The HHS Health Resources Services Administration has community-based clinics across the U.S. that provide health care services on a sliding fee scale based on financial need. The HHS also runs the HealthCare.gov Marketplace that offers health insurance that is partially subsidized based on income.
Financial Assistance Resources
There are many types of public and private financial assistance available to people living with mesothelioma and their families. Sorting through long lists of eligibility criteria and applying to different programs can be difficult and time consuming. Asbestos.com aims to help survivors and their families through this process.
- Department of Health and Human Services: Information on eligibility and benefit assistance programs funded by HHS and how to apply for benefits is available on Benefits.gov.
- Administration for Children and Families: ACF is a federal program that provides grants to for-profit and nonprofit organizations that help individuals and families financially.
- Medicaid: Medicaid is a state-run program that provides health care for people who meet certain eligibility criteria based on many factors, including pregnancy, disability, age and financial need.
- Medicare: Medicare is a federal program that provides free or low-cost medical insurance coverage to adults 65 or older. Certain people with disabilities and specific medical conditions also qualify for coverage.
There are many agencies and organizations that work to help provide direct financial assistance to low-income families as well as free or affordable health care. Asbestos.com can help find financial aid for cancer patients and their families living with mesothelioma.
Emotional Support Resources
In addition to the financial impact of cancer treatment, mesothelioma diagnosis and treatment can have a heavy emotional toll. Finding proper emotional support is an important part of your mesothelioma journey — it can be as important as finding the right mesothelioma doctor and treatment options.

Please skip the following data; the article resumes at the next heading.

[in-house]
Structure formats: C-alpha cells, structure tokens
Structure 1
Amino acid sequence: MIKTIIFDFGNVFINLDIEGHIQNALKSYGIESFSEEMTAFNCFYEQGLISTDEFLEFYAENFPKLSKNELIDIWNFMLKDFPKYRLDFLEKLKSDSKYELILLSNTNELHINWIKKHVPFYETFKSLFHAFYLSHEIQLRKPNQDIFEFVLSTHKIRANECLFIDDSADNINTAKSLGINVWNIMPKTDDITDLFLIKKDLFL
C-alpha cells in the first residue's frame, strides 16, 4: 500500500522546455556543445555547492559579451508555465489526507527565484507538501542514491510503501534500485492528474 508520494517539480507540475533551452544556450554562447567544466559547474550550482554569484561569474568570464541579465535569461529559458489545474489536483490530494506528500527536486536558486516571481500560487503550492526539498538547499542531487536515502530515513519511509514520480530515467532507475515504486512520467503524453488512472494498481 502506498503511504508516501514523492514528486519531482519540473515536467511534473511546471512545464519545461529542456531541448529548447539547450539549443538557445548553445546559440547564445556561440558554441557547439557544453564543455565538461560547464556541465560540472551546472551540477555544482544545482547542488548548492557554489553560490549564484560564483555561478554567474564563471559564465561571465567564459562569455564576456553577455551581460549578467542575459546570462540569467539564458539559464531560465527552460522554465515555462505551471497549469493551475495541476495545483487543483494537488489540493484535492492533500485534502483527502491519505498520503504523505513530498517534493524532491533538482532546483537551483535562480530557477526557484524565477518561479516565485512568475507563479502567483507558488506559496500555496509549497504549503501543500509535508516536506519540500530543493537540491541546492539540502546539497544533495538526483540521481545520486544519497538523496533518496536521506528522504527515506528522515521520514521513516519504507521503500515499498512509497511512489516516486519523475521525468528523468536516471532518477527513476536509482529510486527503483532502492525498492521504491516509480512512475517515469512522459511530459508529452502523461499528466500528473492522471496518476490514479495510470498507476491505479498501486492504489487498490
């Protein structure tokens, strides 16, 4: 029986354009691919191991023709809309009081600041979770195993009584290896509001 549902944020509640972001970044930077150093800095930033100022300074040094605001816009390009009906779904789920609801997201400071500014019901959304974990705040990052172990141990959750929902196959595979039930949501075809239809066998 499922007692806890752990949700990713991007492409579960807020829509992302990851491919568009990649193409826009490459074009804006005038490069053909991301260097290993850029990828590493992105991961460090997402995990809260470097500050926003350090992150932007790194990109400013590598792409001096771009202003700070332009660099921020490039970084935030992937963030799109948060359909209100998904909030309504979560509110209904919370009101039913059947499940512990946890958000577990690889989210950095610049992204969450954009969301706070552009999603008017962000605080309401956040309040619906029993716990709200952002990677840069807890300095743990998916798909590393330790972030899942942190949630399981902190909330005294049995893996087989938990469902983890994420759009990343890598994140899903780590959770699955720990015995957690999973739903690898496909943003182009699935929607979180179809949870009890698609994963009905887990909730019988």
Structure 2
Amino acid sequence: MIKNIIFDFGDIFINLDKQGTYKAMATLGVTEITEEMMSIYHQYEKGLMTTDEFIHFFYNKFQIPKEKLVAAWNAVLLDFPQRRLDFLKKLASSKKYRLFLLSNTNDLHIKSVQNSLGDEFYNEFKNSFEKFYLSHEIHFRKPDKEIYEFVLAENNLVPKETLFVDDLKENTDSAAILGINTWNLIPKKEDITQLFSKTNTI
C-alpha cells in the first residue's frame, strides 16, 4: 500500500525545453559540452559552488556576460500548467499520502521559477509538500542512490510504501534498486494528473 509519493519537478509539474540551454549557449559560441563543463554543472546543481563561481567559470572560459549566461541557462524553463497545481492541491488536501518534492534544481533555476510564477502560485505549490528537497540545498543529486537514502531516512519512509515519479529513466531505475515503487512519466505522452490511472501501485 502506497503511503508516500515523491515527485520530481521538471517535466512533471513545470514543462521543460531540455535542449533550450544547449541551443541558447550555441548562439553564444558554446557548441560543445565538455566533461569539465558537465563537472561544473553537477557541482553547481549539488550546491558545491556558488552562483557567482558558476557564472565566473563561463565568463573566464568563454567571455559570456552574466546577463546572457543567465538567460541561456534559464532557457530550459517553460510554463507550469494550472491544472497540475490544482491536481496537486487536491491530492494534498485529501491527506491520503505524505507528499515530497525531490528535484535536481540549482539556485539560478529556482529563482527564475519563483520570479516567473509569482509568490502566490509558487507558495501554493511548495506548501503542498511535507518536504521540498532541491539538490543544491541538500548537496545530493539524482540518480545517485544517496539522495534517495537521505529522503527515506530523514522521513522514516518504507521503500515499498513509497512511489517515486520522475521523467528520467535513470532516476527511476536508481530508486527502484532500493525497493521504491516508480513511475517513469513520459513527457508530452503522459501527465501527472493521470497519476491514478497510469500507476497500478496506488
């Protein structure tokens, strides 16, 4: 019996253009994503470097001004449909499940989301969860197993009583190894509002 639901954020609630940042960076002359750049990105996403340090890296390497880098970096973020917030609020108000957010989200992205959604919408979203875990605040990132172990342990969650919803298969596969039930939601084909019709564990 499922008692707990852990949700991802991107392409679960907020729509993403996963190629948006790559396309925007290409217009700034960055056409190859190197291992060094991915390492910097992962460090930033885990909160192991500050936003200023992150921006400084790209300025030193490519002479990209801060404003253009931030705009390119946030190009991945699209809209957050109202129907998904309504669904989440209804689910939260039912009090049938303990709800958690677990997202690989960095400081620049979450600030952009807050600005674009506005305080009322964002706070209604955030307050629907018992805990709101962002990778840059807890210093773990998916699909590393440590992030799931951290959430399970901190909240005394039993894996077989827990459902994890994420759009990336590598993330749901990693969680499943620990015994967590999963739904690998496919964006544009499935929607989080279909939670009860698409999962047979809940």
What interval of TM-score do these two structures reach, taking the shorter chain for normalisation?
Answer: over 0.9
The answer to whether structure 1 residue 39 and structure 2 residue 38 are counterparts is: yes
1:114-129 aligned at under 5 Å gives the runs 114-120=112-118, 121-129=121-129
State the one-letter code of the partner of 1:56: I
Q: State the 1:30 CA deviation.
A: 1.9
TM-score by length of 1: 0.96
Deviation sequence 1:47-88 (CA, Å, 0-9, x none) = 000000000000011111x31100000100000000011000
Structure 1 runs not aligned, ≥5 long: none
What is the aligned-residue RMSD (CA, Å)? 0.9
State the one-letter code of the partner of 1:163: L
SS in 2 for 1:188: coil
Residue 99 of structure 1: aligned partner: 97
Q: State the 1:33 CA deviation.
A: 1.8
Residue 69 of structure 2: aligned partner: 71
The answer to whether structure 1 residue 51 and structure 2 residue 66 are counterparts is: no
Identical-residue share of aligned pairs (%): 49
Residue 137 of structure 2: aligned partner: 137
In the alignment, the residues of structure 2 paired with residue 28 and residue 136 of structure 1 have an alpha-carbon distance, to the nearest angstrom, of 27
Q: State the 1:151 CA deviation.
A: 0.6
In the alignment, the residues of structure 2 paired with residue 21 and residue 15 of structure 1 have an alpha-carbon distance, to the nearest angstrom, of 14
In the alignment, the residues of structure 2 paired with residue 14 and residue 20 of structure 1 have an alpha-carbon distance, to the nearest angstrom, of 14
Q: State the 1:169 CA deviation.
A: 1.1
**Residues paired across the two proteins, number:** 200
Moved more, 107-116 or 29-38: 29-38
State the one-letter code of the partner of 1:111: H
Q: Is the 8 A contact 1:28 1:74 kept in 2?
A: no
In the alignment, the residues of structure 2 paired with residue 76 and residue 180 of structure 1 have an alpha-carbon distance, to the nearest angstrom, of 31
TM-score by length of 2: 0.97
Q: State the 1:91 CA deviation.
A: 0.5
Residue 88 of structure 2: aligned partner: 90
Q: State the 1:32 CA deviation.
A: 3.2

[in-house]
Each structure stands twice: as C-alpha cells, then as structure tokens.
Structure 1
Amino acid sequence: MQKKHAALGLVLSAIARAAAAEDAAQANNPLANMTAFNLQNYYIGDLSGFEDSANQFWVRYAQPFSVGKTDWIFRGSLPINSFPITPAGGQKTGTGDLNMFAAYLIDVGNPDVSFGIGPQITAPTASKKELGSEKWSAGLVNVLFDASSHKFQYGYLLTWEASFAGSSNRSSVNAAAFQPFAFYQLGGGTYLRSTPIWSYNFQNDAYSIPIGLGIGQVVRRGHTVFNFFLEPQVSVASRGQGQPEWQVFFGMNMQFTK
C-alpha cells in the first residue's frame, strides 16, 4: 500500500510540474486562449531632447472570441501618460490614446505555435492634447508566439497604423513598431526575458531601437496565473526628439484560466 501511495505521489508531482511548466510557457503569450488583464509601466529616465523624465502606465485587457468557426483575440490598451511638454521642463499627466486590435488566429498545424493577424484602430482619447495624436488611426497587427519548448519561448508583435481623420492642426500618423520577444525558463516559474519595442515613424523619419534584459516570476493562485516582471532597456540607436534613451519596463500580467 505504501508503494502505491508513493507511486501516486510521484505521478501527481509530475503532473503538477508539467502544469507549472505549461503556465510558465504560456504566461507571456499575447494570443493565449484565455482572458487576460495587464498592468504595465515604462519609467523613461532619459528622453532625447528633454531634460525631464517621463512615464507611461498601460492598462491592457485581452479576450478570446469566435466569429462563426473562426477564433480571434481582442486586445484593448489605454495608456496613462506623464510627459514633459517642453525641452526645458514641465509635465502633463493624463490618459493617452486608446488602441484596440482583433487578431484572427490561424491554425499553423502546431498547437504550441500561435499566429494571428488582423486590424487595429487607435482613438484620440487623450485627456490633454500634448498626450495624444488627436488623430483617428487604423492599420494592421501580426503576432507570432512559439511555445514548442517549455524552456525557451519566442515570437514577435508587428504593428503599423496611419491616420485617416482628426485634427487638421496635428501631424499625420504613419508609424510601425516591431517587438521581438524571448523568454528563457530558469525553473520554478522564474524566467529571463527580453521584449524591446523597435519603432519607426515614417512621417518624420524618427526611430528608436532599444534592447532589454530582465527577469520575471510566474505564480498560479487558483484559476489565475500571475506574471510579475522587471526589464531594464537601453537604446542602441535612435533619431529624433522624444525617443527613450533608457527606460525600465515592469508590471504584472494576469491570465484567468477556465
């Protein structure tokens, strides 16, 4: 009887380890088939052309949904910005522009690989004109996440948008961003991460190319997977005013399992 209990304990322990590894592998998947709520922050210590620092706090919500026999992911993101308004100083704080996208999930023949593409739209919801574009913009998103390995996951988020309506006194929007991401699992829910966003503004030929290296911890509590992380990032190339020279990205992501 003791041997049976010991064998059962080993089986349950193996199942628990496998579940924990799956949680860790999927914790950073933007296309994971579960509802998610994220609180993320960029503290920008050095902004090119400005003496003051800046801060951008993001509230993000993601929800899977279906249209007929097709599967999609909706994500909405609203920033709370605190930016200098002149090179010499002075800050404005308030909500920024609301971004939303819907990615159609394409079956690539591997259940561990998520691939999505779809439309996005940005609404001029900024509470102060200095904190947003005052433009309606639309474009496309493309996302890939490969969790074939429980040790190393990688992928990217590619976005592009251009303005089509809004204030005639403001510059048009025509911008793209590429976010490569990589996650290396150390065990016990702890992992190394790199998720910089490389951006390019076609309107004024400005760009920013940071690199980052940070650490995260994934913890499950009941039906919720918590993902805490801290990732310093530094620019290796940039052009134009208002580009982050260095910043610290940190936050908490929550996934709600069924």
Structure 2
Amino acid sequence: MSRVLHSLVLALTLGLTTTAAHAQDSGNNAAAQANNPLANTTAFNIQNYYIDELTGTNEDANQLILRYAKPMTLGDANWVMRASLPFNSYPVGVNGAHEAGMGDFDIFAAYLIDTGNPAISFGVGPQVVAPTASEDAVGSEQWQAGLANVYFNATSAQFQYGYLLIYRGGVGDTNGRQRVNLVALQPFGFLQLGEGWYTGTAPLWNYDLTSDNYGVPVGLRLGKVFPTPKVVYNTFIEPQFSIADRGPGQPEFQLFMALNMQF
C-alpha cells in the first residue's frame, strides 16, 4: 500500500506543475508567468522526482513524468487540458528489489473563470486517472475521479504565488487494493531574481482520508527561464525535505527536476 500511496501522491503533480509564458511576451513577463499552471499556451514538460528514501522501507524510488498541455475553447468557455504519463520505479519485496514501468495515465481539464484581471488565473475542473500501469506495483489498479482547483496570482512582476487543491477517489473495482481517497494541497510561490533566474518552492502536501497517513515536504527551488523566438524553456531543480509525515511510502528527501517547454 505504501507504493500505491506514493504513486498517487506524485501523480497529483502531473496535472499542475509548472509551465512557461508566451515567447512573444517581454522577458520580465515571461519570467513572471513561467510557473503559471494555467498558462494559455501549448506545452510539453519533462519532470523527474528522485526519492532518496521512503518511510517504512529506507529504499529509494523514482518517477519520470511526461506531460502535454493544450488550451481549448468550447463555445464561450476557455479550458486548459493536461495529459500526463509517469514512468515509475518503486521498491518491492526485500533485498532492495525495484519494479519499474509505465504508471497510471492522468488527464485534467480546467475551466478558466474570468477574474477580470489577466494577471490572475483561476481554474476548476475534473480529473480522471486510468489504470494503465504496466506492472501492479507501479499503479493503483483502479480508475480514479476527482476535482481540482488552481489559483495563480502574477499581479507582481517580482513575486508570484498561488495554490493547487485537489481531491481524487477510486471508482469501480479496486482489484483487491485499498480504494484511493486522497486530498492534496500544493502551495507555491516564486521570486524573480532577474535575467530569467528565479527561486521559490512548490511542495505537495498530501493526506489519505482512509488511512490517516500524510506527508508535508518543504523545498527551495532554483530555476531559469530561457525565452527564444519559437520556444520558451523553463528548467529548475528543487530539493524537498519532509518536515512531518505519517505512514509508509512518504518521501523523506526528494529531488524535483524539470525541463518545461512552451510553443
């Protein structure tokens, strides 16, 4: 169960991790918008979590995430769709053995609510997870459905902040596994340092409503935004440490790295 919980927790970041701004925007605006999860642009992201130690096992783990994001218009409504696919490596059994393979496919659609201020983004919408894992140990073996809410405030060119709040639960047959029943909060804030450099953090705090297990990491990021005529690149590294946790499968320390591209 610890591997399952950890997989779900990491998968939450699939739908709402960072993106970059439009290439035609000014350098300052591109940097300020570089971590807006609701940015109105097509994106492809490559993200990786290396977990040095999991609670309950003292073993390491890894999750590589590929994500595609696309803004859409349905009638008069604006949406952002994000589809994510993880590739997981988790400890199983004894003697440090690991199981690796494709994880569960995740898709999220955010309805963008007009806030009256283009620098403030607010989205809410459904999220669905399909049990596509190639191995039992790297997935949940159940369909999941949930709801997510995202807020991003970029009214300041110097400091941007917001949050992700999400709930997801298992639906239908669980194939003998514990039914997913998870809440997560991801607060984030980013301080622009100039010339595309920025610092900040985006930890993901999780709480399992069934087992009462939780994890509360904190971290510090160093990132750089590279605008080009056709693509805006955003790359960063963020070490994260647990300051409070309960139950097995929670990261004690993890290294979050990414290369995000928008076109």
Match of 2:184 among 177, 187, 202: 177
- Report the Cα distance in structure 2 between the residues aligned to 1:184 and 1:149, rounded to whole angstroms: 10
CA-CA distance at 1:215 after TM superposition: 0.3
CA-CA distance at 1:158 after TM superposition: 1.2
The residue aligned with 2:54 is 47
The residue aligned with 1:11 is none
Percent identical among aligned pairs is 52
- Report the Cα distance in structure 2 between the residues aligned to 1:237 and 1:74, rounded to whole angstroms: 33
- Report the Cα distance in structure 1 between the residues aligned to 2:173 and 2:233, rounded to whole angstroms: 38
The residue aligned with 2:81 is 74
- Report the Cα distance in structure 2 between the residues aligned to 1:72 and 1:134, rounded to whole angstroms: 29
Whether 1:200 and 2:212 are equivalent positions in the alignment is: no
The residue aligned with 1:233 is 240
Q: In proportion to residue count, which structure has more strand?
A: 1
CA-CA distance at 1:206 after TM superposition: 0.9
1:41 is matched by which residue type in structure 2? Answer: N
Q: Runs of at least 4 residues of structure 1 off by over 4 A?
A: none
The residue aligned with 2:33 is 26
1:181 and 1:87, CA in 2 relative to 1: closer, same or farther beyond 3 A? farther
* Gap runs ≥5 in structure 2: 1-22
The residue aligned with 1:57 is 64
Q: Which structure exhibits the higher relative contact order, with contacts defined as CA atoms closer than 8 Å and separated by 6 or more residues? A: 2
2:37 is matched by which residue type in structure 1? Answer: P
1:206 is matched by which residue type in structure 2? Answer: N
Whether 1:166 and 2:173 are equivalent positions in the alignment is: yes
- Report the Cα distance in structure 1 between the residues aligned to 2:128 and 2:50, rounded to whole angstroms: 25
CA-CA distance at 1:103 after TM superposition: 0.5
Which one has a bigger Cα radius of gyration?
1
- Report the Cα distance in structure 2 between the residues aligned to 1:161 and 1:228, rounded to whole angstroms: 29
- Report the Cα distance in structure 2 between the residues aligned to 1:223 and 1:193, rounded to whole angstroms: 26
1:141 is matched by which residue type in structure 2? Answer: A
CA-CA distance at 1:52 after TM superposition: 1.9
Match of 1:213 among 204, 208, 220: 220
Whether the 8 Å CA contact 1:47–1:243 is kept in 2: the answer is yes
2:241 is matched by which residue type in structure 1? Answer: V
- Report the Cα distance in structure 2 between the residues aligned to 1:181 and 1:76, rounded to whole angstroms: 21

Support groups are an essential form of emotional support that help individuals and families cope with cancer. You can learn from others’ experiences and share firsthand information and tips for living with cancer. It can help to find people with the same type of cancer who are experiencing the same symptoms, treatments, and hardships. Many support groups offer online or virtual meetings in addition to in-person meetings.
Let Asbestos.com help you find the emotional support you need. Asbestos.com provides information and resources for emotional support for mesothelioma. You can also join our exclusive mesothelioma support group at Asbestos.com or the mesothelioma Facebook support group.
Other Resources for Low-Income Families
The American Cancer Society Road to Recovery program helps individuals find transportation to cancer-related medical appointments. They coordinate rides for patients with volunteers. The Cancer Financial Assistance Coalition helps cancer patients and their families find financial assistance, transportation, lodging and other services.
Food assistance can be important for low-income individuals and families. Groups such as Meals on Wheels can provide daily meals for seniors and others who need regular assistance getting proper nutrition. Feeding America is a nationwide network of food banks, food pantries, and meal programs designed to help ensure that low-income families and families in need have access to food.
How to Solve the Problem
Health care inequality and inequity hurt everyone. Health inequities result in higher health care costs — hundreds of billions of dollars annually. Treating cancer is expensive. Cancer prevention, early detection, and early treatment are not only cost-effective, they improve health outcomes. Cancer survivability can be increased while also lowering overall medical costs.
The problem is clear, but the solution is not. There are several ways to lower the cost of medical treatment, including increasing the transparency of medical costs, increasing competition in the medical market, and limiting the prices that health care providers can charge for care. An analysis published by the Congressional Budget Office shows that price transparency and market competition can help reduce costs to insurers, but not as much as capping health care prices. This approach has worked for Medicare, which has a set price list of what it will reimburse for various types of medical care. Health care is a huge industry, but increased government regulation may lower costs and improve health outcomes.